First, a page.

Catching up with Corey, Ninja-style!
Corey Rosen Schwartz is the author of The Three Ninja Pigs, Goldi Rocks & The Three Bears and the forthcoming Ninja Red Riding Hood. Her singing is extremely pitchy, but she does hold Family Idol and X Factor events in her living room. We snuck behind the scenes to find out what tall [fairy] tale Corey is mastering next…
NJSCBWI: You have a new book that released this month, congratulations! Can you tell us more both how this book came about?
Corey Rosen Schwartz: Sure. The idea for Goldi Rocks came directly from Tara Lazar’s first PiBoIdMo (Picture Book Idea Month). I tend to brainstorm in themes, so that year I had a ton of variations on The Three Bears:
• Goldilocks and the Three and a Half Bears
• Coldilocks and the Three Polar Bears
• Goldi Rocks and the Three Bear Band
But I actually didn’t think any of them were worth pursuing. I whined about it on my blog, and Beth Coulton left a comment saying, “ I LOVE the Goldi Rocks idea! Want to collaborate?” We struggled with it a bit, but it eventually sold to G. P. Putnam's Sons (an imprint of Penguin USA).
Tip #1: Don’t be too quick to dismiss an idea!
NJSCBWI: AND you have another book coming out later this year. Please share the story behind Ninja Red Riding Hood.
CS: Believe it or not, this idea also came from PiBoIdMo 2009. The Three Ninja Pigs had just sold, and Tara said to me, you should write a follow up. Maybe the wolf goes after Little Red? So, I put it down on my list. One day, when I was totally frustrated with Goldi and needed to put it aside, I decided to give Red a try. This one pretty much wrote itself!
Tip #2: Participate in as many writing challenges as you can!
NJSCBWI: You are an active member of New Jersey SCBWi. Can you tell other aspiring authors how the organization has helped you on your journey?
CS: New Jersey SCBWI has been invaluable to me! In 2008, I went to an SCBWI dinner where I met agent SB (I now refer to him by his initials, so he won’t get a Google Alert every time I tell this story) Afterwards, I sent him a manuscript. He wrote back saying that I clearly had talent as writer, but did I have anything “bigger”? And suddenly, I got it. I had received years of lovely rejections, saying “You have a flair for rhythm and rhyme, but we have to pass.” But in that one line from Steph- oops, SB, something clicked. I understood that if I wanted to make a sale, I needed to write something BIGGER. Something high concept. Something with a strong hook. Shortly after, I wrote The Three Ninja Pigs. I knew immediately that this one would sell. And it did. And I have sold four other picture books since.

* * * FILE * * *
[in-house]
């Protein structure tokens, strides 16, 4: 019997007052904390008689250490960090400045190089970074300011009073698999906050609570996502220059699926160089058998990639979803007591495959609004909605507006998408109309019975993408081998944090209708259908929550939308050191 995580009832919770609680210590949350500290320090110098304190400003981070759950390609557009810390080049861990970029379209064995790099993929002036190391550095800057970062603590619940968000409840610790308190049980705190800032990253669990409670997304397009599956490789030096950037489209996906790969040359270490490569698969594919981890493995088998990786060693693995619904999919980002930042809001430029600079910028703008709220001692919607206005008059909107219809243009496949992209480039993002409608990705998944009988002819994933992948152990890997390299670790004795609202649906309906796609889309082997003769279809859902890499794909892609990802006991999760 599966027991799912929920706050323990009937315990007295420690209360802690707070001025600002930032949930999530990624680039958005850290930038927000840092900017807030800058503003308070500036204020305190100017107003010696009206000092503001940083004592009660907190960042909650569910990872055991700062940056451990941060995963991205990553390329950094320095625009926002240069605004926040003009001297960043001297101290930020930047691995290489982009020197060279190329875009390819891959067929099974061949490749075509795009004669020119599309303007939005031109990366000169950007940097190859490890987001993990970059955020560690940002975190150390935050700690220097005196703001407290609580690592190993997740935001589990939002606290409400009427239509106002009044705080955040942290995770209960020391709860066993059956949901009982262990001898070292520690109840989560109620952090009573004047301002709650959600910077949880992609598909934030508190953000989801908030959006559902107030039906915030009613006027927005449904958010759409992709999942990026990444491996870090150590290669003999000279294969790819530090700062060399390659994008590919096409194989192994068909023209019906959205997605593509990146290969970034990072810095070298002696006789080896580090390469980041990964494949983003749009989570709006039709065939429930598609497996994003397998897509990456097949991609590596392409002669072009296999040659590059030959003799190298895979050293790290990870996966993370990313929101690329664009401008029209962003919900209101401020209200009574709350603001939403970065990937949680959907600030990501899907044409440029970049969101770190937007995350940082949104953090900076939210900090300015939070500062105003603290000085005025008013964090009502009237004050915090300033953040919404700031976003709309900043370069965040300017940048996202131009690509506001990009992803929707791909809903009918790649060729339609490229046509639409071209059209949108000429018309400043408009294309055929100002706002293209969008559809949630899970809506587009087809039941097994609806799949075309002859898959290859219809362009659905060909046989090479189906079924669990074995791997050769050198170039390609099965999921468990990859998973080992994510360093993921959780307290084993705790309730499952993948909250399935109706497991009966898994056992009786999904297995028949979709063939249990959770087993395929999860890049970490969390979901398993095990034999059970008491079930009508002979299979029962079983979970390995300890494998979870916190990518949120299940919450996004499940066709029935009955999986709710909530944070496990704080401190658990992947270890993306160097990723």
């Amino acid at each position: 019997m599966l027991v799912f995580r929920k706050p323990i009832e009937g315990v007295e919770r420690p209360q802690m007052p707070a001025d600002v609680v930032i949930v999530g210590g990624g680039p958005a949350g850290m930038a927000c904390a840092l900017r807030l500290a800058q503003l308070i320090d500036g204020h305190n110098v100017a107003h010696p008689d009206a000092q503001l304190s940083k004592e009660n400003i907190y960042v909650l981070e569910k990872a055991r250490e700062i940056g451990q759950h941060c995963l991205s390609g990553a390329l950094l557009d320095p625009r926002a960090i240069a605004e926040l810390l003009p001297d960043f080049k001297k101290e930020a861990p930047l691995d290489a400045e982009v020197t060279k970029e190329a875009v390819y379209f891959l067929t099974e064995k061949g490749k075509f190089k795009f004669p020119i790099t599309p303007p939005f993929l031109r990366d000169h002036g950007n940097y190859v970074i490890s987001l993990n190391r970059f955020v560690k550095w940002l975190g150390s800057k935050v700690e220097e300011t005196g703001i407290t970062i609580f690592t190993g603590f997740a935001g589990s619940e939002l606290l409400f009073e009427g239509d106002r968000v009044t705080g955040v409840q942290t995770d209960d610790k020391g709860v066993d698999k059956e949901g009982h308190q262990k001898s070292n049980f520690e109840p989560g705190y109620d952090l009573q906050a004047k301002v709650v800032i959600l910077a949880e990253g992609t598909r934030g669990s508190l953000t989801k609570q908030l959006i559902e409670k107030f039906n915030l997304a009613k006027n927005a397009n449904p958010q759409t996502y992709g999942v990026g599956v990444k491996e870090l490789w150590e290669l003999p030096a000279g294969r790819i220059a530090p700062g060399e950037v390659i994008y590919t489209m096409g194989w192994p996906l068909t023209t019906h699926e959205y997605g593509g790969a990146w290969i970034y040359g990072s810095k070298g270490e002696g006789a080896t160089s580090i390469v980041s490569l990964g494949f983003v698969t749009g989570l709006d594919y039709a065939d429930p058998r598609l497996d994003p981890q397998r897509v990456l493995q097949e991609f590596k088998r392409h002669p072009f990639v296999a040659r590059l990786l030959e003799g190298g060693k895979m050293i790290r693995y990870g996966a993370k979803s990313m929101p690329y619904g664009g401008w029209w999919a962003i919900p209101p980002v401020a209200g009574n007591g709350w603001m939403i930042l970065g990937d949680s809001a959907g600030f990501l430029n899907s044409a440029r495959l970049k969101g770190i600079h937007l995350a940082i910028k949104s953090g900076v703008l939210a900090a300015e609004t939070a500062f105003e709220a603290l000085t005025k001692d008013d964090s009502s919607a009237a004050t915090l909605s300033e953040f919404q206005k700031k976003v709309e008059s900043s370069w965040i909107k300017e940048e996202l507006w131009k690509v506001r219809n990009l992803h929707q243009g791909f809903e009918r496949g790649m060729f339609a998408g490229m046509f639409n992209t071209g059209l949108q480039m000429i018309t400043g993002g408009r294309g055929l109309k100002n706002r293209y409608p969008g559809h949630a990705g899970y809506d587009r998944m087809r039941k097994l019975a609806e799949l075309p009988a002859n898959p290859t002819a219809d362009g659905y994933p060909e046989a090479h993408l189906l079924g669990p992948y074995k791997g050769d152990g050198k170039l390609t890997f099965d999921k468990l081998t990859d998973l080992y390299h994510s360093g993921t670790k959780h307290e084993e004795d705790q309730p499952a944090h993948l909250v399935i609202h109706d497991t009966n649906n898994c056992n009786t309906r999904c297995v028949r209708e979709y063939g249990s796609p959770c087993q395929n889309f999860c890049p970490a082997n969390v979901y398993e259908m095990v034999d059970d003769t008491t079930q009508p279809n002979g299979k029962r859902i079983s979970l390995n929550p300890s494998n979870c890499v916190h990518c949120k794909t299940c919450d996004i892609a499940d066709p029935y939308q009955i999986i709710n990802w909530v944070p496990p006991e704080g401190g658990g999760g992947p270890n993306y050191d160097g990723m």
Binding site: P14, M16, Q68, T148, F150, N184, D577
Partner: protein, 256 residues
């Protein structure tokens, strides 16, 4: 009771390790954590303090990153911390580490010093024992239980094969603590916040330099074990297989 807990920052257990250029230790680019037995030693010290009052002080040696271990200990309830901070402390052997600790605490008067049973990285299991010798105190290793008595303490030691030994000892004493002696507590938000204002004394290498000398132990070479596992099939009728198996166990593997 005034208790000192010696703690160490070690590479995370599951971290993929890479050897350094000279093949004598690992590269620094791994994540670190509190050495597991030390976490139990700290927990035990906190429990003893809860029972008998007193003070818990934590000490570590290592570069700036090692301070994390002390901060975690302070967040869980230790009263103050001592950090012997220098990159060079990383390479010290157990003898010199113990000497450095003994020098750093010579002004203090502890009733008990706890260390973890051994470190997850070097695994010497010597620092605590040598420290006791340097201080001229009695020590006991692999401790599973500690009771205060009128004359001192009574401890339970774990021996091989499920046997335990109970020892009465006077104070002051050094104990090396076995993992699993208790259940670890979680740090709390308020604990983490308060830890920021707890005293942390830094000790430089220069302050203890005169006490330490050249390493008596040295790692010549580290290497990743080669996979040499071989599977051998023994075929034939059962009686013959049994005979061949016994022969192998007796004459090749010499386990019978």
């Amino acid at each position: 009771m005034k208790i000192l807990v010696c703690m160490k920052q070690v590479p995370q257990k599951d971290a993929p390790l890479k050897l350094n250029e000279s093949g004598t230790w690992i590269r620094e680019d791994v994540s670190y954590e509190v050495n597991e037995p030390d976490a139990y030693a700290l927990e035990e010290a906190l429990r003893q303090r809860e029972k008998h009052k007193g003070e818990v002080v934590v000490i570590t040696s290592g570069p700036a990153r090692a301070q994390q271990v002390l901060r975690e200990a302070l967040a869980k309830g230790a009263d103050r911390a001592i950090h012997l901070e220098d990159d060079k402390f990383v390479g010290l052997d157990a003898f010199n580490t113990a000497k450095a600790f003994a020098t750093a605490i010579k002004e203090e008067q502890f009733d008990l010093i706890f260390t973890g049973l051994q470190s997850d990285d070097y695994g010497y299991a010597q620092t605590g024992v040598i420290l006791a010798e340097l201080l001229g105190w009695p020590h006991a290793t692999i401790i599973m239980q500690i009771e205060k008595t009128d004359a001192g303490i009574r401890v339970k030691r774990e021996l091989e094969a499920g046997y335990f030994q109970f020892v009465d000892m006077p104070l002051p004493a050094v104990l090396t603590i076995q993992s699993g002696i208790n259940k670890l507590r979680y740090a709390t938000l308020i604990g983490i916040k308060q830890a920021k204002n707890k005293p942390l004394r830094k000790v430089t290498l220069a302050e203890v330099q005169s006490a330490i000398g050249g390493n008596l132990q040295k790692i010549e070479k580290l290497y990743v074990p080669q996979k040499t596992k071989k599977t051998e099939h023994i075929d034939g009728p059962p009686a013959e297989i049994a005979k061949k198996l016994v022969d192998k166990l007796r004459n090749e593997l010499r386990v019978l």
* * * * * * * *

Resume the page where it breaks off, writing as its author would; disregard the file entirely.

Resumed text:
Tip #3: Go to as many conferences, workshops, and industry events as possible. You never know when you will get that one piece of feedback or make that one perfect connection that takes your career to the next level!
NJSCBWI: Looks like you have some 'fractured' fairy-tale' action going on with a few of your books. Please can you describe your process, and what it is that pulls you to this topic?
CS: I had always thought that stories were either plot-driven or character-driven, but one day while eating lunch with Simone Kaplan at a NJ SCBWI conference, I learned that there is a third category: language-driven. My strengths as a writer put my work into this last category. I am much better with rhyme, alliteration and word play than I am at creating quirky characters and complex story arcs. So what better genre for me than fractured fairy tales where the plots and characters are basically already developed? I simply find a story that’s tried-and-true, and then put my own spin on it.
Tip #4: Write to your strengths. Do NOT write in rhyme unless rhyme pulls your manuscript UP.
NJSCBWI: We love tips and advice from published authors to help us grow, what top piece of advice would you give to those of us out there trying to get ahead in the kidlit world?
CS: I obviously can’t limit myself to one. Ha! Writing takes a tremendous amount of patience and persistence. I recently soid a manuscript that I wrote in 2007. So, try to enjoy the process. Join critique groups, Reach out to writers and industry professionals on social media. Surround yourself with a supportive community!